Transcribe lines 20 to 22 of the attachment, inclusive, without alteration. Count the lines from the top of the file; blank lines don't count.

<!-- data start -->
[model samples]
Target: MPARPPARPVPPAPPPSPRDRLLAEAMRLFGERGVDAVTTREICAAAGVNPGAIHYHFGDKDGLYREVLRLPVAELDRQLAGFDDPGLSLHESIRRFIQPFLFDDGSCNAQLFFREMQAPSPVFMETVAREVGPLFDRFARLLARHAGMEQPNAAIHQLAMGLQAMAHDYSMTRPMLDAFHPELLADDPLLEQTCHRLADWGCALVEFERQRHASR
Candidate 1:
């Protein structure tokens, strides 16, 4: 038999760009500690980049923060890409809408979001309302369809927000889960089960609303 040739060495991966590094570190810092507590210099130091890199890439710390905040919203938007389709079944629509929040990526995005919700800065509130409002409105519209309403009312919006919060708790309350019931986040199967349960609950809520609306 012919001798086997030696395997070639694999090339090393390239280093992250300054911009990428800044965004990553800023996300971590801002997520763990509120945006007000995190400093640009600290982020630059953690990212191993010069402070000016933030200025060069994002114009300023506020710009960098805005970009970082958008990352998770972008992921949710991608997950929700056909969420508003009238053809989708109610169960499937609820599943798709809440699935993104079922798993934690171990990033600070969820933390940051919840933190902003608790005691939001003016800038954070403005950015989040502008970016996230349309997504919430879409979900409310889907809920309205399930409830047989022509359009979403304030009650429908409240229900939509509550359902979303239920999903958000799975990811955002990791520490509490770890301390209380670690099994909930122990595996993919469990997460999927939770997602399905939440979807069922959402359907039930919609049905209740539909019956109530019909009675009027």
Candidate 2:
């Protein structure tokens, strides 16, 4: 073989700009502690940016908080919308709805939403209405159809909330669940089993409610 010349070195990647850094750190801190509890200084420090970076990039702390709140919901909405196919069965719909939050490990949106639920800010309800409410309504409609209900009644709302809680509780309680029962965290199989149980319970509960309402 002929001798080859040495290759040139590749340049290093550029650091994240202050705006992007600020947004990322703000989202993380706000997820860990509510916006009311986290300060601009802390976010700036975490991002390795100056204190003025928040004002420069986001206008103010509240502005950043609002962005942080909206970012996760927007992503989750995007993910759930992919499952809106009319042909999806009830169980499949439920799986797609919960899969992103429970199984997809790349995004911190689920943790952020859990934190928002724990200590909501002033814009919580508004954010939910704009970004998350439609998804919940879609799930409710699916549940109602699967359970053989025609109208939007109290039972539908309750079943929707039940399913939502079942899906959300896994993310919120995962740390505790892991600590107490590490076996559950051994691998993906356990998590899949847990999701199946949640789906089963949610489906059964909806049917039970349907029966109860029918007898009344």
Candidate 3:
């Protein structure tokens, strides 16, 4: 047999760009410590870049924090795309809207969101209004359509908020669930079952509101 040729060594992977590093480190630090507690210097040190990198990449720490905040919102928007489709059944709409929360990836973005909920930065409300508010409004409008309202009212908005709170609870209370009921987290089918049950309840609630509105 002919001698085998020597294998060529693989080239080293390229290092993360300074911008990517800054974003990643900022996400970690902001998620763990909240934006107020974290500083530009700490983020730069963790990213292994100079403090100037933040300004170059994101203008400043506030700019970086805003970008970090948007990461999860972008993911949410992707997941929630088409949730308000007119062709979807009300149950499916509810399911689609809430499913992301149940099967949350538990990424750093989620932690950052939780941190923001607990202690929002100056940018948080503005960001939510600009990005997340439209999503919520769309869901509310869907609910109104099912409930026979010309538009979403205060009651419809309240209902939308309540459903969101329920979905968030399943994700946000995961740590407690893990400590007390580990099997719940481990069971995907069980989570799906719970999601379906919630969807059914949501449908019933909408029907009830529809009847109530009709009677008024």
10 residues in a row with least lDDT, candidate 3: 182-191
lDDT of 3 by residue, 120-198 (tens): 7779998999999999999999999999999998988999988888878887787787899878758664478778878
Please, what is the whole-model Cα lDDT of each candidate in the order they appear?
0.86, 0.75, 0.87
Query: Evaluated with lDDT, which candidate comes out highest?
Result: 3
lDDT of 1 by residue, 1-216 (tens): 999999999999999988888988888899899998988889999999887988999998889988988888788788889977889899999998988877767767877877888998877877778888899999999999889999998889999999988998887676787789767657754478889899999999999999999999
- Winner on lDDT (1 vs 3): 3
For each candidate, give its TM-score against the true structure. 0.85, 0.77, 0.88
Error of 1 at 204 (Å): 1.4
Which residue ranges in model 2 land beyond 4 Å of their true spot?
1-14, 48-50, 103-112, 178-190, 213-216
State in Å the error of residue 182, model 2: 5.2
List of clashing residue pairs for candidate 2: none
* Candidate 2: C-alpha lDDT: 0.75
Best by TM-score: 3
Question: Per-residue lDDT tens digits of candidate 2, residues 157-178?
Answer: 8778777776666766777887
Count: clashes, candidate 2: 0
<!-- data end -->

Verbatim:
1-14, 48-50, 103-112, 178-190, 213-216
State in Å the error of residue 182, model 2: 5.2
List of clashing residue pairs for candidate 2: none